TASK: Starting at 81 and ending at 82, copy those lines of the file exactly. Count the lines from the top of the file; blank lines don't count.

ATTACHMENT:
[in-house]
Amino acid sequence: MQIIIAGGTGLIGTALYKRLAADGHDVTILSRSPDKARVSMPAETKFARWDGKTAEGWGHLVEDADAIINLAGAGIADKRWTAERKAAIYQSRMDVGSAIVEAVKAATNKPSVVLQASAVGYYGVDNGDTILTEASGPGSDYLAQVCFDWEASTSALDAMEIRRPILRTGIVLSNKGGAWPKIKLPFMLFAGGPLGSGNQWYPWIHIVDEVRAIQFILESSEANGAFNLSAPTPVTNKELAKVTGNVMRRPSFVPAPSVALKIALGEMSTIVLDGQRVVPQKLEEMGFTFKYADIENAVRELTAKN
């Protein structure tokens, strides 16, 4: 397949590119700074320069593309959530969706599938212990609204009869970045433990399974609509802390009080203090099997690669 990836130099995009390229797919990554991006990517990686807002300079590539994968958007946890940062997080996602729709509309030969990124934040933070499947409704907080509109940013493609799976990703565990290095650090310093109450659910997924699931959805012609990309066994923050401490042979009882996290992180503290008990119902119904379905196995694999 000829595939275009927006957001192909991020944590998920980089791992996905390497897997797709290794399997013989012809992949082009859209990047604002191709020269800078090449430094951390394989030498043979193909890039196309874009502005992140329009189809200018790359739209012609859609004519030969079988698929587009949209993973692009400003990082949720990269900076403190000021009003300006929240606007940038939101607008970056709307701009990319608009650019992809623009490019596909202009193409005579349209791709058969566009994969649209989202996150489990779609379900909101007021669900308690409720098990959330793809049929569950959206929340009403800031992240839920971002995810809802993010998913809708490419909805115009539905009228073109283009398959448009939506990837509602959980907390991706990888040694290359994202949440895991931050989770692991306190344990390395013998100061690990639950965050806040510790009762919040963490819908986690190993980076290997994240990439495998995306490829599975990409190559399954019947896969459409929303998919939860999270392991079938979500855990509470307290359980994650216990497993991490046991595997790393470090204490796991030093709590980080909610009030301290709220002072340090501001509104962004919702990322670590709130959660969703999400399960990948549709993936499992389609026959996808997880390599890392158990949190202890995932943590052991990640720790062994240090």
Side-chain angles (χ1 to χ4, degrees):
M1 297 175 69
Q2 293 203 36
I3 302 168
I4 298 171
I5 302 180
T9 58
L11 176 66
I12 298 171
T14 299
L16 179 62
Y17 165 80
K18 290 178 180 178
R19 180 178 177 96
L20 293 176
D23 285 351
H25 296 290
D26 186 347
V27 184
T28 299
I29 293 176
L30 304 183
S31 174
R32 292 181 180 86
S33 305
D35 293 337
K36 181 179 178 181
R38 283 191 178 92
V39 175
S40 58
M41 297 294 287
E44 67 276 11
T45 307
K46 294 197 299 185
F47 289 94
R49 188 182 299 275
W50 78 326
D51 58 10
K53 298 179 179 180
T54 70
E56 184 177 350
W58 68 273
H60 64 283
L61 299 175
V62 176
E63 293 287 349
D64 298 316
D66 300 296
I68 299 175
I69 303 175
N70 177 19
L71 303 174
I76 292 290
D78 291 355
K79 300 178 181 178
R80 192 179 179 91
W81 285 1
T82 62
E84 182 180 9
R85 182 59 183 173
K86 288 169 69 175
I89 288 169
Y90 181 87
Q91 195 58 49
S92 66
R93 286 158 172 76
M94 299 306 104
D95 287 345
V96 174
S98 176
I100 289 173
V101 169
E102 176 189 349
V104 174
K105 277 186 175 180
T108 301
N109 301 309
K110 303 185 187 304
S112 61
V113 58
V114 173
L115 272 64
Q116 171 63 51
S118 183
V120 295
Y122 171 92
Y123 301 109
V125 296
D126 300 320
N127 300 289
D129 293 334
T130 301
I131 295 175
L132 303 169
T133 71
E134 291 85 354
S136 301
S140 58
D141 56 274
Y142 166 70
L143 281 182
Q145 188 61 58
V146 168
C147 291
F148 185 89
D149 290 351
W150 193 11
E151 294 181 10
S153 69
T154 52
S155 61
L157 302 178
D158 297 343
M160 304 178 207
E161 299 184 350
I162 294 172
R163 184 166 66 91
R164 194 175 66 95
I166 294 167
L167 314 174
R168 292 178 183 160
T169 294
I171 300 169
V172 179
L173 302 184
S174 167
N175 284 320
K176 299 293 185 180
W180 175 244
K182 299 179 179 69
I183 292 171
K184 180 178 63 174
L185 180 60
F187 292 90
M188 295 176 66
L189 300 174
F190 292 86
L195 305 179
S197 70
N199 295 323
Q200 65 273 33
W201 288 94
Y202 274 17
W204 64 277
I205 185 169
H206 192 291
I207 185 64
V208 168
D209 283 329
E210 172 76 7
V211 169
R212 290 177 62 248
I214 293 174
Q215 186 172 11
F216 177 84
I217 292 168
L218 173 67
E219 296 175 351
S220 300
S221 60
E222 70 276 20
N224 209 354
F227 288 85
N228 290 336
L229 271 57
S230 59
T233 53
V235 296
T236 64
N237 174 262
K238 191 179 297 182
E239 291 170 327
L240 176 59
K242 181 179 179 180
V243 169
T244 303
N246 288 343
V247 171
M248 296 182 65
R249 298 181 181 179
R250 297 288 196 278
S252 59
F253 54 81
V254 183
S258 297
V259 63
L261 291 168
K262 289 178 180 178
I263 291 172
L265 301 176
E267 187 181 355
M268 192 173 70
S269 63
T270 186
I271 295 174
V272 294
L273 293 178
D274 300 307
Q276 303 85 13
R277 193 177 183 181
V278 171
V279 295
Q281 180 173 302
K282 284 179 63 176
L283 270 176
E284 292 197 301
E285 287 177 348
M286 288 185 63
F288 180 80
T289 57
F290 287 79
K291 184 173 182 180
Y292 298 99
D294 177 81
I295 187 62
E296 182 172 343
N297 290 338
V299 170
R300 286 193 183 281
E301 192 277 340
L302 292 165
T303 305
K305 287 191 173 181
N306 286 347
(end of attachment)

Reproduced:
K110 303 185 187 304
S112 61